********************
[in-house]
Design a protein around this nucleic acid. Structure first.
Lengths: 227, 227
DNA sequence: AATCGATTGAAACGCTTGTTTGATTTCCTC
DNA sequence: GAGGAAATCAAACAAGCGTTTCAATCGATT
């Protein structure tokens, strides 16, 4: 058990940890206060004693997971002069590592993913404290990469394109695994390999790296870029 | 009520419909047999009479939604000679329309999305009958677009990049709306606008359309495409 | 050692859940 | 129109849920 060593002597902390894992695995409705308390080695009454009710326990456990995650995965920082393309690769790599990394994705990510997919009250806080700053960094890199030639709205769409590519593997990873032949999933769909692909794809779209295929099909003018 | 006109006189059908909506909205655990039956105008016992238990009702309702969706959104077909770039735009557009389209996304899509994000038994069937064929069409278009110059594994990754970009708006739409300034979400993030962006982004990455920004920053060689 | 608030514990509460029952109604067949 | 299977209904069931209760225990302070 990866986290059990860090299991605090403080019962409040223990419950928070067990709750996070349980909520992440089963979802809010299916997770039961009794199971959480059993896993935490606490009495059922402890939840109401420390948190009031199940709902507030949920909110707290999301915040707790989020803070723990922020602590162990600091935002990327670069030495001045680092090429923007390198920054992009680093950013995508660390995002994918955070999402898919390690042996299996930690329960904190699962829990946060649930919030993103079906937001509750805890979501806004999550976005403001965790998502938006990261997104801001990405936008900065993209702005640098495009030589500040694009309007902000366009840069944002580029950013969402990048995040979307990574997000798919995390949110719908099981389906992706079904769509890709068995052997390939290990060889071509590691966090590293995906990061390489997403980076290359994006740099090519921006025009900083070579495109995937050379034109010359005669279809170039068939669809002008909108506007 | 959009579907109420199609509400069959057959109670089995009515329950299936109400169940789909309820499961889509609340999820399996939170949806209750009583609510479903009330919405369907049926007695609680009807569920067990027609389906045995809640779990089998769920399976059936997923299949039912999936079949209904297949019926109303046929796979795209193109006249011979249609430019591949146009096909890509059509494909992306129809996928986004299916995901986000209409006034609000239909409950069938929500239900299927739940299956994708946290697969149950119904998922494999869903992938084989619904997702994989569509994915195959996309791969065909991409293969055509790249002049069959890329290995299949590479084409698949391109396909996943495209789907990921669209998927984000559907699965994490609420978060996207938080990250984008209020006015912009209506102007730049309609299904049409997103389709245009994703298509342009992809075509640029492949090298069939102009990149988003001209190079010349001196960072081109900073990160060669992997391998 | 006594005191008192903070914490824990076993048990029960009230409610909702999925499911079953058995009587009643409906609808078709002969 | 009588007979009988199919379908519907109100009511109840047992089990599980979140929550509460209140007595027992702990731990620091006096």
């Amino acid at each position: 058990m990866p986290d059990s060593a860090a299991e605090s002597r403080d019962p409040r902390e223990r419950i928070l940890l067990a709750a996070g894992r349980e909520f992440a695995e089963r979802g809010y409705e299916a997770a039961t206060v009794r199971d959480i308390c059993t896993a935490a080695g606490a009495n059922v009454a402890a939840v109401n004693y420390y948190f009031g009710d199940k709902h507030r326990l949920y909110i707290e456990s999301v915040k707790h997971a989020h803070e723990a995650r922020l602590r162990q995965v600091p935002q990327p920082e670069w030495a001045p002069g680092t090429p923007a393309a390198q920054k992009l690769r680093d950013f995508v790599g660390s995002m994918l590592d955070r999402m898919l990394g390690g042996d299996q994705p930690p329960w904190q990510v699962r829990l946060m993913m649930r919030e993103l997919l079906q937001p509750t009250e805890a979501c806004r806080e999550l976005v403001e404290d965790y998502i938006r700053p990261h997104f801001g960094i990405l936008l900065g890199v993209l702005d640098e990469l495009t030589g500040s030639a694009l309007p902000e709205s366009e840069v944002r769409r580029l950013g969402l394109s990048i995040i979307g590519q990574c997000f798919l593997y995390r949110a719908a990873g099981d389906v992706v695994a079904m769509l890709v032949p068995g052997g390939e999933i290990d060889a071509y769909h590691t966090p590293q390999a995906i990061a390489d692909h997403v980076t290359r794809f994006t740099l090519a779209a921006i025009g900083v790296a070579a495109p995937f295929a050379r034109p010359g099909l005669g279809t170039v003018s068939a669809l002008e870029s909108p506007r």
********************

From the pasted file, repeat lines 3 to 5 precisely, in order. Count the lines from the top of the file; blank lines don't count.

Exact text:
Lengths: 227, 227
DNA sequence: AATCGATTGAAACGCTTGTTTGATTTCCTC
DNA sequence: GAGGAAATCAAACAAGCGTTTCAATCGATT